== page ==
It's Good Friday, which means the stock market is closed. The bond market was open briefly for a few hours this AM so that traders could react to the monthly unemployment report, but now that is closed also.
So today I'm mostly working on getting my thoughts together for my quarterly letter. Here's some of the key points I'll probably be discussing:
- For the fourth consecutive quarter, stocks outperformed bonds, which represents the longest "win streak" since the seven quarter winning streak in 1996-97 (according to Ned Davis Research). Still, an unofficial poll of my clients would suggest that no one feels like we're in the midst of a new bull market;
- Interest rates were essentially unchanged. The 10-year Treasury bond yield started the year at 3.83% and ended the quarter at 3.84%. Again, all I am hearing is that interest rates have to begin to start to rise soon (even though I don't necessarily agree);
- The emerging markets were the global stock market laggards, while the U.S., Japan and the U.K. were the leaders, illustrating that economics and stock markets don't always move together;
- Corporate bonds - especially lower quality bonds - were hugely popular, demonstrating that investors have put the credit crisis firmly behind them, and are grabbing any yield they can;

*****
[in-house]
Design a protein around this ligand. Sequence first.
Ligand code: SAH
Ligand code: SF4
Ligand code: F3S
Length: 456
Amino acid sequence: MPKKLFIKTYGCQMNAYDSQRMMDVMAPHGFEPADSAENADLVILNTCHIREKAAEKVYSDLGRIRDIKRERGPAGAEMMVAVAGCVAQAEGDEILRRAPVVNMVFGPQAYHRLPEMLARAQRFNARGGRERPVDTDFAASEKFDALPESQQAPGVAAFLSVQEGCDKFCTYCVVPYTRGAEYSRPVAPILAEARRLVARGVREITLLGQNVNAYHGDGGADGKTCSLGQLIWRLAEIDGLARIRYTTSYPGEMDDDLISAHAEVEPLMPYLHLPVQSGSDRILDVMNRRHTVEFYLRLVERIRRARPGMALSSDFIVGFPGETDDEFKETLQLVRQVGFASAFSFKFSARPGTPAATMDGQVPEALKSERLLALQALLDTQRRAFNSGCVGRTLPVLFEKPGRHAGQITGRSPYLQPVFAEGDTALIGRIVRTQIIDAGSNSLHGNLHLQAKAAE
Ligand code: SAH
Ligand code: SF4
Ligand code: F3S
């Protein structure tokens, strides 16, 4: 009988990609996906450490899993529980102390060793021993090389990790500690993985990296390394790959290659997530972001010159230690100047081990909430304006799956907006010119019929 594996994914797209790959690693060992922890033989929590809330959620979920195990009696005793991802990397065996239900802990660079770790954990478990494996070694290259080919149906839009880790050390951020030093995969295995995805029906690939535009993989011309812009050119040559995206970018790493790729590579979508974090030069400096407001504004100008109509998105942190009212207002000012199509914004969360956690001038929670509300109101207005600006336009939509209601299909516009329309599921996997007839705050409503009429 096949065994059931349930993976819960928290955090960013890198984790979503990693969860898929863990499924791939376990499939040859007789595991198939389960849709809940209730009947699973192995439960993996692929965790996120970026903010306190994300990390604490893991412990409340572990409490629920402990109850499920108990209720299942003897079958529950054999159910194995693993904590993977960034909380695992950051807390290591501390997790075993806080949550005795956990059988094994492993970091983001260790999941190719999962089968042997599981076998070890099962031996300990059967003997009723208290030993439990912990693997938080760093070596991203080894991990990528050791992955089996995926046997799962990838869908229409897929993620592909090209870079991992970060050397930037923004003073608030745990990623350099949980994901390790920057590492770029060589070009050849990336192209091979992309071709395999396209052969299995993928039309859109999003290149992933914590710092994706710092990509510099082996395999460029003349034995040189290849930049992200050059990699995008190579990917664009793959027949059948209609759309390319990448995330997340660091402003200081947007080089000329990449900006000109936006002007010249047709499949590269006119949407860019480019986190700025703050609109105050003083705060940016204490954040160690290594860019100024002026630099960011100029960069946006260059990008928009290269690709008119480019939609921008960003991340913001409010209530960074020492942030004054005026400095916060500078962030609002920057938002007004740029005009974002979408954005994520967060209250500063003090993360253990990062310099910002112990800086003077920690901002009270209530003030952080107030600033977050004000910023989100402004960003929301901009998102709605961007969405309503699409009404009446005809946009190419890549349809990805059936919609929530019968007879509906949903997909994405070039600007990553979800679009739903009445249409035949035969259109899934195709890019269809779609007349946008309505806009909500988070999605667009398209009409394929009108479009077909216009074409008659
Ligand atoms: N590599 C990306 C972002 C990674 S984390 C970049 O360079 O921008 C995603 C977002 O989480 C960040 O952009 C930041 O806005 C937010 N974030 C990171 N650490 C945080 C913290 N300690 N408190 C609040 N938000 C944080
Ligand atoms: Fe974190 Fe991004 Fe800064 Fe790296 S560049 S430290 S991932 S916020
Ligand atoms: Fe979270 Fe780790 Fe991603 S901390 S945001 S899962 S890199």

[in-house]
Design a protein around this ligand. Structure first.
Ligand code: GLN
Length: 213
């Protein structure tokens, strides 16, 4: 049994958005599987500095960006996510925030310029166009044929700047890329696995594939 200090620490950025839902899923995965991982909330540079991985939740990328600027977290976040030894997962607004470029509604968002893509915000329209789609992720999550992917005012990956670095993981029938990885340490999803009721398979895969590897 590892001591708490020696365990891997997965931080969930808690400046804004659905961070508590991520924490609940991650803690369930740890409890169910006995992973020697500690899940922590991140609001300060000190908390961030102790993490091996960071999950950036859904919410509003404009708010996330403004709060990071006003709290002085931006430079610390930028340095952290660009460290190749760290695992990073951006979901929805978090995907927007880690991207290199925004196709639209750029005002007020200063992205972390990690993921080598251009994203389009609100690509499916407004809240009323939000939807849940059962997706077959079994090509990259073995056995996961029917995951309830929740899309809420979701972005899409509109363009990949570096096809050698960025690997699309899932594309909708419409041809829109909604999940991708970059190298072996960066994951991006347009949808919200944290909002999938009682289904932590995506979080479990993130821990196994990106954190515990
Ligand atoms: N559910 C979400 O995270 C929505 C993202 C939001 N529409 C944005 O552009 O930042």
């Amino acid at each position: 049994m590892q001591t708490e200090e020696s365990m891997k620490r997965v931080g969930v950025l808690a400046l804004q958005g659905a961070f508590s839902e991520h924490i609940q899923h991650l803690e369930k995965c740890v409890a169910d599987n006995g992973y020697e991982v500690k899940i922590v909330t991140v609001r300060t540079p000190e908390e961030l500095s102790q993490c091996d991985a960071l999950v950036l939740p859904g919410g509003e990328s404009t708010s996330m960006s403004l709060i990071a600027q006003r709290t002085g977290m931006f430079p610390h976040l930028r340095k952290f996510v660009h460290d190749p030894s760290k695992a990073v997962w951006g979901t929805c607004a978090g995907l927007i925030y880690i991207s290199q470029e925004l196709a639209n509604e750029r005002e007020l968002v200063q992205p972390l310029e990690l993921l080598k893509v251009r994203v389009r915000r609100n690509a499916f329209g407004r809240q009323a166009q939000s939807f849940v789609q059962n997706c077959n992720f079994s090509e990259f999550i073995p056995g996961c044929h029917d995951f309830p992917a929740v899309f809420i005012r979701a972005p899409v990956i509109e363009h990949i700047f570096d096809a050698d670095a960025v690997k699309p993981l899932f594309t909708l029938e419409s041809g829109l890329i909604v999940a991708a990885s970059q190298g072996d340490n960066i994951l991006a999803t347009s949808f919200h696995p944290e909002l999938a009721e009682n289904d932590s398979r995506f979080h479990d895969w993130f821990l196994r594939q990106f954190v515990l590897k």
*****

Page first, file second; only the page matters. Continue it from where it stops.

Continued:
- The worst performer across the asset classes? Cash.
I still think we could continue to rally - maybe another 10% or so more - and then we'll have to take a look. There's too much cash on the sidelines, interest rates are too low, and there's too much pessimism for stocks to have a serious correction baring an unexpected global economic event.
Still, I do agree in one way with the consensus in that I don't know how the economy can suddenly turn robust given the high unemployment rates and huge debt burdens at the government and consumer levels.
Final thought: I ran across this quote from Steve Galbraith, formerly chief investment strategist at Morgan Stanley and now partner of Maverick Capital. Steve was giving a talk at a conference sponsored by Grant's Interest Rate Observer in New York last month:
"Starting and endpoints matter," he said, pointing to a graph of S&P 500 returns over the past 75 years, "and we started from a ridiculously blown-up level. But the reality is, even with the rally we've just had in the markets, this has still been the second-worst decade ever for stocks. And I'd much rather be investing now than 10 years ago."